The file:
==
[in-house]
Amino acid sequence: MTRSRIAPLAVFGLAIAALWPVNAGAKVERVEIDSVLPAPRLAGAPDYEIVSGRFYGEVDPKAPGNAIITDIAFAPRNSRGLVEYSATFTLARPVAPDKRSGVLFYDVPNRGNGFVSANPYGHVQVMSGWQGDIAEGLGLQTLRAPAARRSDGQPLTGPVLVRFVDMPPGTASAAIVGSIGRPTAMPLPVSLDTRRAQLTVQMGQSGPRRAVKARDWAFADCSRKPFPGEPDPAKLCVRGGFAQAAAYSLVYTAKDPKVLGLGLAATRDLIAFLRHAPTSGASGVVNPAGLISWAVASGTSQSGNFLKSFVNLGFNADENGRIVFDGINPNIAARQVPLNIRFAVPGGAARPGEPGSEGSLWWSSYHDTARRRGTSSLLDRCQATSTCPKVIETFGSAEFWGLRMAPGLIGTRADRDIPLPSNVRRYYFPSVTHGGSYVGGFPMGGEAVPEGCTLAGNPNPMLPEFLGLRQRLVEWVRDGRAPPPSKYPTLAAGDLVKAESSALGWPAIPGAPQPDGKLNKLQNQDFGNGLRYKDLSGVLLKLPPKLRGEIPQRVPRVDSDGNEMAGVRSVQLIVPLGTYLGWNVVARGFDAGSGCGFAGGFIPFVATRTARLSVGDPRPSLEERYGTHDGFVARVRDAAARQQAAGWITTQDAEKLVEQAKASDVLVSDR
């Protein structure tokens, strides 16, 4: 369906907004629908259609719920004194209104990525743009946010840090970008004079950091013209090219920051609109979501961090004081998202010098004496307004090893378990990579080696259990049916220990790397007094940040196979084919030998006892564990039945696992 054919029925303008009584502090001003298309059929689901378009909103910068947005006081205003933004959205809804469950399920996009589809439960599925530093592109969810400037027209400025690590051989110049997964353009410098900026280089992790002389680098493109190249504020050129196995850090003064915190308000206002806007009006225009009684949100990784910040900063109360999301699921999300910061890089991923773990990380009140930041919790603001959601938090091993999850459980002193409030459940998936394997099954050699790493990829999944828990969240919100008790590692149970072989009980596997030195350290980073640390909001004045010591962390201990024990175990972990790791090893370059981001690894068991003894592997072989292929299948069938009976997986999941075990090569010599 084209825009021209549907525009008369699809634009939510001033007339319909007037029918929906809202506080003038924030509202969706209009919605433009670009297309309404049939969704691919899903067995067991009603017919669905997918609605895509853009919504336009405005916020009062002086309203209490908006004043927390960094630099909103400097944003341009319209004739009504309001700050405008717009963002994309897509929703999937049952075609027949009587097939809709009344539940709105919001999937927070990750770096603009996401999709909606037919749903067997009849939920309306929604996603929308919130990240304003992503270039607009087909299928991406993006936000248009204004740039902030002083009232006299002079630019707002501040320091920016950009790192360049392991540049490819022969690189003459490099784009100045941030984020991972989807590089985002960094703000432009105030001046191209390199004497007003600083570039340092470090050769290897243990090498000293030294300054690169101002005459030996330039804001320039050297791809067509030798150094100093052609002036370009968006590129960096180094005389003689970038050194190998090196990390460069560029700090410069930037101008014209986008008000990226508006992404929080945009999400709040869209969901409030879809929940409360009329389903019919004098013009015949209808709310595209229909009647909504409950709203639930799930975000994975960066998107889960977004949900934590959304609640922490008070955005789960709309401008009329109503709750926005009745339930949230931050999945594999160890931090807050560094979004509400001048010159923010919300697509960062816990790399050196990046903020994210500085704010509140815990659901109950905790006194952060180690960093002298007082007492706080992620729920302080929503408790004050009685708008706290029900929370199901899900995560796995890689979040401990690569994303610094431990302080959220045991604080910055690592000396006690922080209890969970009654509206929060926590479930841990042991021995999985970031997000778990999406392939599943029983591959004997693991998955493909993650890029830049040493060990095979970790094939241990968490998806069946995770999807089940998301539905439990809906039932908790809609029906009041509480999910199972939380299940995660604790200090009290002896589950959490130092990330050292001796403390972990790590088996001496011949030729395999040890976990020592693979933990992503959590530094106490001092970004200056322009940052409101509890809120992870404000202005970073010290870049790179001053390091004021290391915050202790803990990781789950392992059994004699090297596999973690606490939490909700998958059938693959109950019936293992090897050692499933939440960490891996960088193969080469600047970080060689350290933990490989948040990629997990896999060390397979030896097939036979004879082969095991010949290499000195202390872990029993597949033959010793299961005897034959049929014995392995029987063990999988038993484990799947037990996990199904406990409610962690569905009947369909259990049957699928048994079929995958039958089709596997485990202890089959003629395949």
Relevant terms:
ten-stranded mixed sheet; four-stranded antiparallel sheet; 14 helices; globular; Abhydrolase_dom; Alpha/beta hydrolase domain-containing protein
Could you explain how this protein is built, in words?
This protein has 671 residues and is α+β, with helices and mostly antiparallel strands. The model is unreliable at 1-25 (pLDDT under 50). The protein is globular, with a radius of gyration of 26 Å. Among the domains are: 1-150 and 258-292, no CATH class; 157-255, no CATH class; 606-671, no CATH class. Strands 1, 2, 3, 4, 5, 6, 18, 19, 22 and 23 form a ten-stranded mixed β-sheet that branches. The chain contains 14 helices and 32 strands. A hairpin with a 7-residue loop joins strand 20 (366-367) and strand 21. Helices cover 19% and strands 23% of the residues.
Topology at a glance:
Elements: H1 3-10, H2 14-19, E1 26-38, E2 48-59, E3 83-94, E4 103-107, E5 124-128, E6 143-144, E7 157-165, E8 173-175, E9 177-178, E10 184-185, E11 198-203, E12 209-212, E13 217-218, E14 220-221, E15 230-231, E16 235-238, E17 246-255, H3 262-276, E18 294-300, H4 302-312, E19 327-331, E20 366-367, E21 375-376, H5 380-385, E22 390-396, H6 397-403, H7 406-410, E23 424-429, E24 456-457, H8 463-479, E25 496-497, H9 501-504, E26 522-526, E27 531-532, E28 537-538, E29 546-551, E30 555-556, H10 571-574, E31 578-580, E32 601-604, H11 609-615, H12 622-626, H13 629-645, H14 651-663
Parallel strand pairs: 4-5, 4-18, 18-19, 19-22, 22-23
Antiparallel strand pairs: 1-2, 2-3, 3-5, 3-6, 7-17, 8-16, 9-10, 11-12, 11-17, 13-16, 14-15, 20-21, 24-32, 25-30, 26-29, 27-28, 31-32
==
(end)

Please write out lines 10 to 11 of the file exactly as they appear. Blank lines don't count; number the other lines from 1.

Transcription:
Parallel strand pairs: 4-5, 4-18, 18-19, 19-22, 22-23
Antiparallel strand pairs: 1-2, 2-3, 3-5, 3-6, 7-17, 8-16, 9-10, 11-12, 11-17, 13-16, 14-15, 20-21, 24-32, 25-30, 26-29, 27-28, 31-32